Cautious of the ripple effect, a Sikh political action committee in the US has urged the Trump administration to delay installation of an expensive logging device in trucks, a move that will entail huge costs on the trucking industry, dominated by the Sikh-Americans.
The new regulation, to be effective from December 18, will require almost all commercial trucks, unless a truck is in an exempted class, to buy and operate an Electronic Logging Device (ELD) to record the hours they are on and off duty.
An ELD synchronises with a vehicle engine to automatically record driving time, for more accurate hours of service recording.
"We seek a delay for the ELDs mandate so that we can make sure we are following the law," Gurinder Singh Khalsa of Indianapolis-based Sikh Political Action Committee said.
Representing the voice of some 150,000 truck owners, a significantly large number of whom are Sikhs, Khalsa said technology is not strong and Federal Motor Carrier Safety Administration (FMCSA) has not approved devices.
Noting that as of August 30, there were 99 different devices registered as complying, all offering various degrees of functionality and price points, Khalsa said the immediate concern is that they have to spend of money to buy something that may not be compliant.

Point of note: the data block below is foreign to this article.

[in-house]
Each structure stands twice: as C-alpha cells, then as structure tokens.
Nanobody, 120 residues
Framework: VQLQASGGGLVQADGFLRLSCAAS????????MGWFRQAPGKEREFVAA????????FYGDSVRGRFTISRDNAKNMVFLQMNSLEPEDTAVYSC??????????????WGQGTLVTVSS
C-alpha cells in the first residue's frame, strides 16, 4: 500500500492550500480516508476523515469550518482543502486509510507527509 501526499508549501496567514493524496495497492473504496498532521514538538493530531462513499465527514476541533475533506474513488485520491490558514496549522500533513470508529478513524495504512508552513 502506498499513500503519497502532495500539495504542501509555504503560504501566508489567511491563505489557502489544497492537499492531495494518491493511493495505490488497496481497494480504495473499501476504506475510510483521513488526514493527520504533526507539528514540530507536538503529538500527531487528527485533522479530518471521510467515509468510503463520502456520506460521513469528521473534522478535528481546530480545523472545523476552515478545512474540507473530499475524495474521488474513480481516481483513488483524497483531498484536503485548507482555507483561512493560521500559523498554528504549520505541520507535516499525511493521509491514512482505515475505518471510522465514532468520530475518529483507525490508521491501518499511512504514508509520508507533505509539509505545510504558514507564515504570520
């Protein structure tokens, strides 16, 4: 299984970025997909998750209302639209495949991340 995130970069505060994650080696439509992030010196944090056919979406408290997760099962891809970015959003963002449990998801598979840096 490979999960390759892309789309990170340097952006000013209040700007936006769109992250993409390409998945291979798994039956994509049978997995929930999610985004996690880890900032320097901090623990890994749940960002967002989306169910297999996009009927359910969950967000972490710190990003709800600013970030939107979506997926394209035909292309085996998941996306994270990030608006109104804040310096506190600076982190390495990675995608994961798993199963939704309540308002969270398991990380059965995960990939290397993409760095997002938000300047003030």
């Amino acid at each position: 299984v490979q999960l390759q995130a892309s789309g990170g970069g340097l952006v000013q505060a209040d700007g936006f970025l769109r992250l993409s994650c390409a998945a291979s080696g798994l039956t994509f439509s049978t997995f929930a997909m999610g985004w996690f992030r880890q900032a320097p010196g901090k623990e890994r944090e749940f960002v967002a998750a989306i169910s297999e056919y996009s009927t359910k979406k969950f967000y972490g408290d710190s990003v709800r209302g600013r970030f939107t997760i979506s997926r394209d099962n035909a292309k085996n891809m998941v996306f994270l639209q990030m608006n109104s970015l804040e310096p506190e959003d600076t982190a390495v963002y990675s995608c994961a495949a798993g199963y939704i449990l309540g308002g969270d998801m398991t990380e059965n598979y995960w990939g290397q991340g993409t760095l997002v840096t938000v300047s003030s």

Industry reports say a wide range of prices exist for different versions of the technology, running from US$ 165 to US$ 832 annually, the most widely used being US$ 495 a truck.
"We have no way of knowing which company will stay in business to service the purchased device. Please understand that beyond the initial purchase price, the driver or company must pay monthly service and cell phone charges," he said.
"There will be maintenance charges, upgrades and other fees to keep the technology current. The purchasing decisions are not simple nor easy. If the wrong decision is made the truck may be put out of service, a company can be administratively penalised and a driver may lose points on his Commercial Drivers Licenses," Khalsa added.
Responding to questions, Khalsa argued that ELDs are not safer and do nothing to stop a tired trucker from driving.
The current mandate of the ELD is unfair to the American taxpayer and consumers, he added.